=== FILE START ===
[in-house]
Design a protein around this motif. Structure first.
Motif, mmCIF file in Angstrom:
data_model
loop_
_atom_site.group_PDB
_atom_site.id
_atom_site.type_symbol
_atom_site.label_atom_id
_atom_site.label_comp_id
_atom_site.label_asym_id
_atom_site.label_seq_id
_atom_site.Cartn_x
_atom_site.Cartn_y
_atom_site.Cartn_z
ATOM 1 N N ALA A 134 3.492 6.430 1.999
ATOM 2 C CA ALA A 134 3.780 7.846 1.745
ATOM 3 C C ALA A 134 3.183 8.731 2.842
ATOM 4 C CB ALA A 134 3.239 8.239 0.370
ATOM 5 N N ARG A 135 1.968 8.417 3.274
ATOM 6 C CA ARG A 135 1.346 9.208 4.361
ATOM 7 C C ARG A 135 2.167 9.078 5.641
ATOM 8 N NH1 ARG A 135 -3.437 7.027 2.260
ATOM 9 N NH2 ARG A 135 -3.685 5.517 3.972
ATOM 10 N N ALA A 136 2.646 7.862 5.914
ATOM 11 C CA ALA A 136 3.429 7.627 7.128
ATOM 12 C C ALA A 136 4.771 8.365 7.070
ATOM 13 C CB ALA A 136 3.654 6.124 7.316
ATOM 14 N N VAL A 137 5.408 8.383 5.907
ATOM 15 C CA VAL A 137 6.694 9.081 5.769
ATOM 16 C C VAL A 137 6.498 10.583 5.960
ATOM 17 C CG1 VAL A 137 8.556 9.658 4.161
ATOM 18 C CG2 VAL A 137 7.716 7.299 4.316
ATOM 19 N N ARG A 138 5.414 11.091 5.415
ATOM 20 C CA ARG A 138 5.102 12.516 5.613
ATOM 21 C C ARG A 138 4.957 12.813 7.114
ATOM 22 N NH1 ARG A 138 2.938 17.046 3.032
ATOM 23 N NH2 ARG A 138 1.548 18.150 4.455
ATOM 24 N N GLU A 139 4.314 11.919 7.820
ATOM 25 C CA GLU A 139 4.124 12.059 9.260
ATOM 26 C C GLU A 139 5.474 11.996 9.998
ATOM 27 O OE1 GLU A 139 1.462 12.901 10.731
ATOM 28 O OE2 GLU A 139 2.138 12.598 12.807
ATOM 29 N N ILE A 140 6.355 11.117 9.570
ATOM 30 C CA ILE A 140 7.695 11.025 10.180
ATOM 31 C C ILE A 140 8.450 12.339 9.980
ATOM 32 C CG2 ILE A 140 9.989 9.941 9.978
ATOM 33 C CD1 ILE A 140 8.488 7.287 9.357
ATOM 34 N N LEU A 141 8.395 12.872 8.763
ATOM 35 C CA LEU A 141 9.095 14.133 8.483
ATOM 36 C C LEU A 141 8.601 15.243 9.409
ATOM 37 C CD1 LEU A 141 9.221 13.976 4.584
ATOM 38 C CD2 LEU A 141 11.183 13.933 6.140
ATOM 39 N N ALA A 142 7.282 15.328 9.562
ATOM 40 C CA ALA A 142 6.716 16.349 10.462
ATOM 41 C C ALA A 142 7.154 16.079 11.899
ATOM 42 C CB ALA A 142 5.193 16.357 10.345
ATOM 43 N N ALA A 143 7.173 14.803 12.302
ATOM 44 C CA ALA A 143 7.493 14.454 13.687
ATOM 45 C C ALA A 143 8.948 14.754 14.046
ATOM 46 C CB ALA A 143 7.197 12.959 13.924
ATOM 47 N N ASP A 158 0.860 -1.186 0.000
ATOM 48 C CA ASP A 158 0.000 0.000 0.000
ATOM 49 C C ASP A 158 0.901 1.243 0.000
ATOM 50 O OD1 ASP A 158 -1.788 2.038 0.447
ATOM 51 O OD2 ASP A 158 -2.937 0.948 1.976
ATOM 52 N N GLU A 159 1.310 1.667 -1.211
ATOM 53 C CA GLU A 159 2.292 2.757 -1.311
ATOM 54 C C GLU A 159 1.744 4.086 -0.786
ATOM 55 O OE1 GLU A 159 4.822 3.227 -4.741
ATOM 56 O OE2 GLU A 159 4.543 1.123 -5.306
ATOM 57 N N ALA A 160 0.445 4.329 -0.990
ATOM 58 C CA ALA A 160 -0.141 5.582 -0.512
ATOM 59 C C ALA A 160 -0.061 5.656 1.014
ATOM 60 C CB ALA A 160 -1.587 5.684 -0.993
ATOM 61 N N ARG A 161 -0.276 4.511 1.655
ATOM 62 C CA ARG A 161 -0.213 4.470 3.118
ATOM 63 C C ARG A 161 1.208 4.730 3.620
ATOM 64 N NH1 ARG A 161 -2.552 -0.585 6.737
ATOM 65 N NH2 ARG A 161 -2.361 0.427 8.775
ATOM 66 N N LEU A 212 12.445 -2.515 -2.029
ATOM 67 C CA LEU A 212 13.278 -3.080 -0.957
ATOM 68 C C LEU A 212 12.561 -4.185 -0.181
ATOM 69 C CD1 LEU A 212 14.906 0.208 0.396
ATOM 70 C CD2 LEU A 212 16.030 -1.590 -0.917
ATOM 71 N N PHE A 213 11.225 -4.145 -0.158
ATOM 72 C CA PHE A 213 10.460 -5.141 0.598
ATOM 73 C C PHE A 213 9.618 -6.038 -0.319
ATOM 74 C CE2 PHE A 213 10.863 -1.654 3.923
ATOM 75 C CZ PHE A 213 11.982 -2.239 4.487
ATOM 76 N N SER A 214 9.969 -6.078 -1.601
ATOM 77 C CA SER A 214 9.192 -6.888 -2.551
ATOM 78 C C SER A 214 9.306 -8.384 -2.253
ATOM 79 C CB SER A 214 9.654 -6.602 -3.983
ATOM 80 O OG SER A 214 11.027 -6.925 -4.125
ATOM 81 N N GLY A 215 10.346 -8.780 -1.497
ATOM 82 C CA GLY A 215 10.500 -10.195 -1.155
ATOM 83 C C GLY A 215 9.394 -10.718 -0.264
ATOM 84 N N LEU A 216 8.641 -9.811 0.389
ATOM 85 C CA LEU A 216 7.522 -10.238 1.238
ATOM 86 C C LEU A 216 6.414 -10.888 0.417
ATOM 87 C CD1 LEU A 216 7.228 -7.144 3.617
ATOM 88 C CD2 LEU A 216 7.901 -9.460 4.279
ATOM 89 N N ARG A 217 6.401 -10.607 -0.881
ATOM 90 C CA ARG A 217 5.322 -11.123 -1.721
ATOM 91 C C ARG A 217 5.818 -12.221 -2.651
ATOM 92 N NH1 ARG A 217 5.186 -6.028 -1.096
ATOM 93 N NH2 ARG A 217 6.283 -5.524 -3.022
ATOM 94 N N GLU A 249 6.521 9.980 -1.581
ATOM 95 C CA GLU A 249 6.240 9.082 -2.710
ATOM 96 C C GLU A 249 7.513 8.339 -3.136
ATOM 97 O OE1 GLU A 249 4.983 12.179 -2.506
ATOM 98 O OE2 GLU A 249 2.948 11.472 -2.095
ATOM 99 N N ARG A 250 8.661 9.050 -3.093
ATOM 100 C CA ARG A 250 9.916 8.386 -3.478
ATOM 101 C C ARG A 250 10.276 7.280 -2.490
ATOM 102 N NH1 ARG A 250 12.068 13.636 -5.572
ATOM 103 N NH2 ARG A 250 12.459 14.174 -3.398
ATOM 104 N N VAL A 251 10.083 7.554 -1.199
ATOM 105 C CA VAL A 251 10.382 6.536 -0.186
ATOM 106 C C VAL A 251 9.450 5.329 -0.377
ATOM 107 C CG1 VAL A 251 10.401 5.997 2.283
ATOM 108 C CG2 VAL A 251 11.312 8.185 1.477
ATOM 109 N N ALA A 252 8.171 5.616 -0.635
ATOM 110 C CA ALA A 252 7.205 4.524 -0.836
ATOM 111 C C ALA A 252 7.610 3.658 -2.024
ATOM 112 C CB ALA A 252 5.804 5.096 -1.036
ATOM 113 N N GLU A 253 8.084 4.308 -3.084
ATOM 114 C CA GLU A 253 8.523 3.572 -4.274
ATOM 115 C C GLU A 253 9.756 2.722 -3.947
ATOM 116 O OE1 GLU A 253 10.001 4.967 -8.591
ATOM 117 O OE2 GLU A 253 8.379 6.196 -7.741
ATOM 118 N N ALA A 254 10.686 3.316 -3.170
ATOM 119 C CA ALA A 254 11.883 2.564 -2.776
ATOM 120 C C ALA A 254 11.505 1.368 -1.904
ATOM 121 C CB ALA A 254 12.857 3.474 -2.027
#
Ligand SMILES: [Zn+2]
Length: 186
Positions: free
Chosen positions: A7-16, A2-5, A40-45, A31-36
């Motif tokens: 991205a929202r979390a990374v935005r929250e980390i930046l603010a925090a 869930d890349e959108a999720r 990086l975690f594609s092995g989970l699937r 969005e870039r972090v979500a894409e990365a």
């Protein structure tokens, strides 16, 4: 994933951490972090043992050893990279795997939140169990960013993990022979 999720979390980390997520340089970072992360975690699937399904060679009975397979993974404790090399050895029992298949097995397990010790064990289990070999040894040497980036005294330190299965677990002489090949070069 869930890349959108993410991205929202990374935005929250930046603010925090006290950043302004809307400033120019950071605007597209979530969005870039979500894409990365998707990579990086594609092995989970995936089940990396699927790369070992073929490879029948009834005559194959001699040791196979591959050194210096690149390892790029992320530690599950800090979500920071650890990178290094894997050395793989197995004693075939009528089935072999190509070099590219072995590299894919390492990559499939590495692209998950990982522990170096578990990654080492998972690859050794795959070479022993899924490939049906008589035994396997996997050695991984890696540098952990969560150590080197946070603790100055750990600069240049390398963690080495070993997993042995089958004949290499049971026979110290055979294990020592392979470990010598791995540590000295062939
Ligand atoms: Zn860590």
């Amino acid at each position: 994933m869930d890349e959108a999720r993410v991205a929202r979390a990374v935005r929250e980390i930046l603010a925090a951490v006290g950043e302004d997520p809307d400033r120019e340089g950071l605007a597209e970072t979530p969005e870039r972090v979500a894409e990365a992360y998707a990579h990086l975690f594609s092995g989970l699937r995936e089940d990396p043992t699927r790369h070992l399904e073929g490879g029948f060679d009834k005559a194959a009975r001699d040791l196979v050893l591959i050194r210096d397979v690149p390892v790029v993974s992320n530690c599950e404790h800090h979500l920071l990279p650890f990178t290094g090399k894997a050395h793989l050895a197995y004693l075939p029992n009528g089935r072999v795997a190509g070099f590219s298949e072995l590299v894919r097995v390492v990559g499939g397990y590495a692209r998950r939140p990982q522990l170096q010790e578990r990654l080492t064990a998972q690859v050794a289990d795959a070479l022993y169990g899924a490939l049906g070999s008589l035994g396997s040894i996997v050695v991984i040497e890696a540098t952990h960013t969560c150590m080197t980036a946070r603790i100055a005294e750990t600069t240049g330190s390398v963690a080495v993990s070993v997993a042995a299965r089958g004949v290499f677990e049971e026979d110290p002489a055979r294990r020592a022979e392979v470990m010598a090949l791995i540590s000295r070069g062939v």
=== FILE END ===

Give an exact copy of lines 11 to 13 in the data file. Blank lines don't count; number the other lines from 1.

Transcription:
_atom_site.label_asym_id
_atom_site.label_seq_id
_atom_site.Cartn_x